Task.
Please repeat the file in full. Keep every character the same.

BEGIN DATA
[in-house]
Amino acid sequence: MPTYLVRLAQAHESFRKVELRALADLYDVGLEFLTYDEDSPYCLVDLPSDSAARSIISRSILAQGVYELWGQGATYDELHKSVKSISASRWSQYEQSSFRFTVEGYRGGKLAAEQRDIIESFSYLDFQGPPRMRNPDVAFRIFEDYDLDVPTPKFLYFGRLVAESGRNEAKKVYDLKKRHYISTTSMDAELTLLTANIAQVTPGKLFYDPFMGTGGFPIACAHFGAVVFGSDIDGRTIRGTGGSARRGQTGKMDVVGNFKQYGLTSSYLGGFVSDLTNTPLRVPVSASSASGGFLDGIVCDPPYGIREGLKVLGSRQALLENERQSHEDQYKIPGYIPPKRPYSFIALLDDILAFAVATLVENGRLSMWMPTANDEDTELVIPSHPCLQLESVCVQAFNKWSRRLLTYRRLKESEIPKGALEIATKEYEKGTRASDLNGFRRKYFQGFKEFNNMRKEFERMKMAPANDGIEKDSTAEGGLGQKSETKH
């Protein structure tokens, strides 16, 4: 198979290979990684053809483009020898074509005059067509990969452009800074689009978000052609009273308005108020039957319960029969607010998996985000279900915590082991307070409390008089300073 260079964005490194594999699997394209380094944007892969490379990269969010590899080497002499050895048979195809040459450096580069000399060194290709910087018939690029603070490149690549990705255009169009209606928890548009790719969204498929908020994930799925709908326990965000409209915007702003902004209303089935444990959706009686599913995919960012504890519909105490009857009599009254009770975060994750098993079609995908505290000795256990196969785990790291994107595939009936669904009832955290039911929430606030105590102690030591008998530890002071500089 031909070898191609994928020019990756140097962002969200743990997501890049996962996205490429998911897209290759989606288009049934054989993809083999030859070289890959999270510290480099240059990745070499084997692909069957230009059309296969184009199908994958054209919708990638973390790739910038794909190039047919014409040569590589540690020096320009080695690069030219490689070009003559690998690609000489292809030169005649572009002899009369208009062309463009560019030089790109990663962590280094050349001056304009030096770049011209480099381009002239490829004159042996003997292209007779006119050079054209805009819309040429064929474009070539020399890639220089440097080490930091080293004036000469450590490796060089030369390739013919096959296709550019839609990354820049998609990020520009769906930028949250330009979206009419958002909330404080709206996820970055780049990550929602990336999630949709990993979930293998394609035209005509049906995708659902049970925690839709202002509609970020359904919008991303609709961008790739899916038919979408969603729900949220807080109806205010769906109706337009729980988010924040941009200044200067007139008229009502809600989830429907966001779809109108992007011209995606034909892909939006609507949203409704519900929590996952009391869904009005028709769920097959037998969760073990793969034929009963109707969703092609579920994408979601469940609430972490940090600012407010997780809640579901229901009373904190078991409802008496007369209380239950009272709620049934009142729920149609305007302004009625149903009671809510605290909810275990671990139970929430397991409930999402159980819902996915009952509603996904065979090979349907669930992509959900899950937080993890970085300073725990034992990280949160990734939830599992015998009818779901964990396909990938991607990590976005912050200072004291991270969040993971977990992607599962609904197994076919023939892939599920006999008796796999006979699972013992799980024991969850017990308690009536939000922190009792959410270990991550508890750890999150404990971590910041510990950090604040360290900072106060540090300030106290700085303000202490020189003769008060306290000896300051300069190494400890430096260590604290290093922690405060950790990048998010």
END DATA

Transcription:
[in-house]
Amino acid sequence: MPTYLVRLAQAHESFRKVELRALADLYDVGLEFLTYDEDSPYCLVDLPSDSAARSIISRSILAQGVYELWGQGATYDELHKSVKSISASRWSQYEQSSFRFTVEGYRGGKLAAEQRDIIESFSYLDFQGPPRMRNPDVAFRIFEDYDLDVPTPKFLYFGRLVAESGRNEAKKVYDLKKRHYISTTSMDAELTLLTANIAQVTPGKLFYDPFMGTGGFPIACAHFGAVVFGSDIDGRTIRGTGGSARRGQTGKMDVVGNFKQYGLTSSYLGGFVSDLTNTPLRVPVSASSASGGFLDGIVCDPPYGIREGLKVLGSRQALLENERQSHEDQYKIPGYIPPKRPYSFIALLDDILAFAVATLVENGRLSMWMPTANDEDTELVIPSHPCLQLESVCVQAFNKWSRRLLTYRRLKESEIPKGALEIATKEYEKGTRASDLNGFRRKYFQGFKEFNNMRKEFERMKMAPANDGIEKDSTAEGGLGQKSETKH
């Protein structure tokens, strides 16, 4: 198979290979990684053809483009020898074509005059067509990969452009800074689009978000052609009273308005108020039957319960029969607010998996985000279900915590082991307070409390008089300073 260079964005490194594999699997394209380094944007892969490379990269969010590899080497002499050895048979195809040459450096580069000399060194290709910087018939690029603070490149690549990705255009169009209606928890548009790719969204498929908020994930799925709908326990965000409209915007702003902004209303089935444990959706009686599913995919960012504890519909105490009857009599009254009770975060994750098993079609995908505290000795256990196969785990790291994107595939009936669904009832955290039911929430606030105590102690030591008998530890002071500089 031909070898191609994928020019990756140097962002969200743990997501890049996962996205490429998911897209290759989606288009049934054989993809083999030859070289890959999270510290480099240059990745070499084997692909069957230009059309296969184009199908994958054209919708990638973390790739910038794909190039047919014409040569590589540690020096320009080695690069030219490689070009003559690998690609000489292809030169005649572009002899009369208009062309463009560019030089790109990663962590280094050349001056304009030096770049011209480099381009002239490829004159042996003997292209007779006119050079054209805009819309040429064929474009070539020399890639220089440097080490930091080293004036000469450590490796060089030369390739013919096959296709550019839609990354820049998609990020520009769906930028949250330009979206009419958002909330404080709206996820970055780049990550929602990336999630949709990993979930293998394609035209005509049906995708659902049970925690839709202002509609970020359904919008991303609709961008790739899916038919979408969603729900949220807080109806205010769906109706337009729980988010924040941009200044200067007139008229009502809600989830429907966001779809109108992007011209995606034909892909939006609507949203409704519900929590996952009391869904009005028709769920097959037998969760073990793969034929009963109707969703092609579920994408979601469940609430972490940090600012407010997780809640579901229901009373904190078991409802008496007369209380239950009272709620049934009142729920149609305007302004009625149903009671809510605290909810275990671990139970929430397991409930999402159980819902996915009952509603996904065979090979349907669930992509959900899950937080993890970085300073725990034992990280949160990734939830599992015998009818779901964990396909990938991607990590976005912050200072004291991270969040993971977990992607599962609904197994076919023939892939599920006999008796796999006979699972013992799980024991969850017990308690009536939000922190009792959410270990991550508890750890999150404990971590910041510990950090604040360290900072106060540090300030106290700085303000202490020189003769008060306290000896300051300069190494400890430096260590604290290093922690405060950790990048998010």